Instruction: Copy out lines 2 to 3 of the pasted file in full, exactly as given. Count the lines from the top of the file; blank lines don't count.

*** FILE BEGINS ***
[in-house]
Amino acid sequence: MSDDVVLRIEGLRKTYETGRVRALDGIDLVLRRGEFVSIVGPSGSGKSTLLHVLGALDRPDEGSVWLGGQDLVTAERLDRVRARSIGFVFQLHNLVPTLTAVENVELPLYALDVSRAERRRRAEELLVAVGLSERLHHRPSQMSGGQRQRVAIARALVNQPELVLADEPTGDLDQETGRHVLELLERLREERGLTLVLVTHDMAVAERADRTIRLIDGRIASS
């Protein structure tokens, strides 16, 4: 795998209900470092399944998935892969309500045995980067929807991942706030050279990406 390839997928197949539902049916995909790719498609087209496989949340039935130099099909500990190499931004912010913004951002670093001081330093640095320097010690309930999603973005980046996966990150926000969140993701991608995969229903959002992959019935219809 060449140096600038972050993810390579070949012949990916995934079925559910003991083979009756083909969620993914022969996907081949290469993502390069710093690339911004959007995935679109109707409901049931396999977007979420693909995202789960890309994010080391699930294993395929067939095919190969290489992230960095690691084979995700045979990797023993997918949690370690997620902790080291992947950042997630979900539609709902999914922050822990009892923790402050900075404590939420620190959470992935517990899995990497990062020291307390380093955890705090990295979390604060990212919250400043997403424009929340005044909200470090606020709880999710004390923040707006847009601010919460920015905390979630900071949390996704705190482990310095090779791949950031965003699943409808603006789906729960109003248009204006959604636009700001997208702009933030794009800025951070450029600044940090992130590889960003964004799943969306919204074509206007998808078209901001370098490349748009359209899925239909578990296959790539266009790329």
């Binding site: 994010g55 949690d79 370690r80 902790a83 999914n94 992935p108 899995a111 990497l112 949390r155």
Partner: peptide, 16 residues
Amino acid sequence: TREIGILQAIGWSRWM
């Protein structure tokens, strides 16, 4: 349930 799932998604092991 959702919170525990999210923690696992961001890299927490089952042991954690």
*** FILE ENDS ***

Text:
Amino acid sequence: MSDDVVLRIEGLRKTYETGRVRALDGIDLVLRRGEFVSIVGPSGSGKSTLLHVLGALDRPDEGSVWLGGQDLVTAERLDRVRARSIGFVFQLHNLVPTLTAVENVELPLYALDVSRAERRRRAEELLVAVGLSERLHHRPSQMSGGQRQRVAIARALVNQPELVLADEPTGDLDQETGRHVLELLERLREERGLTLVLVTHDMAVAERADRTIRLIDGRIASS
């Protein structure tokens, strides 16, 4: 795998209900470092399944998935892969309500045995980067929807991942706030050279990406 390839997928197949539902049916995909790719498609087209496989949340039935130099099909500990190499931004912010913004951002670093001081330093640095320097010690309930999603973005980046996966990150926000969140993701991608995969229903959002992959019935219809 060449140096600038972050993810390579070949012949990916995934079925559910003991083979009756083909969620993914022969996907081949290469993502390069710093690339911004959007995935679109109707409901049931396999977007979420693909995202789960890309994010080391699930294993395929067939095919190969290489992230960095690691084979995700045979990797023993997918949690370690997620902790080291992947950042997630979900539609709902999914922050822990009892923790402050900075404590939420620190959470992935517990899995990497990062020291307390380093955890705090990295979390604060990212919250400043997403424009929340005044909200470090606020709880999710004390923040707006847009601010919460920015905390979630900071949390996704705190482990310095090779791949950031965003699943409808603006789906729960109003248009204006959604636009700001997208702009933030794009800025951070450029600044940090992130590889960003964004799943969306919204074509206007998808078209901001370098490349748009359209899925239909578990296959790539266009790329």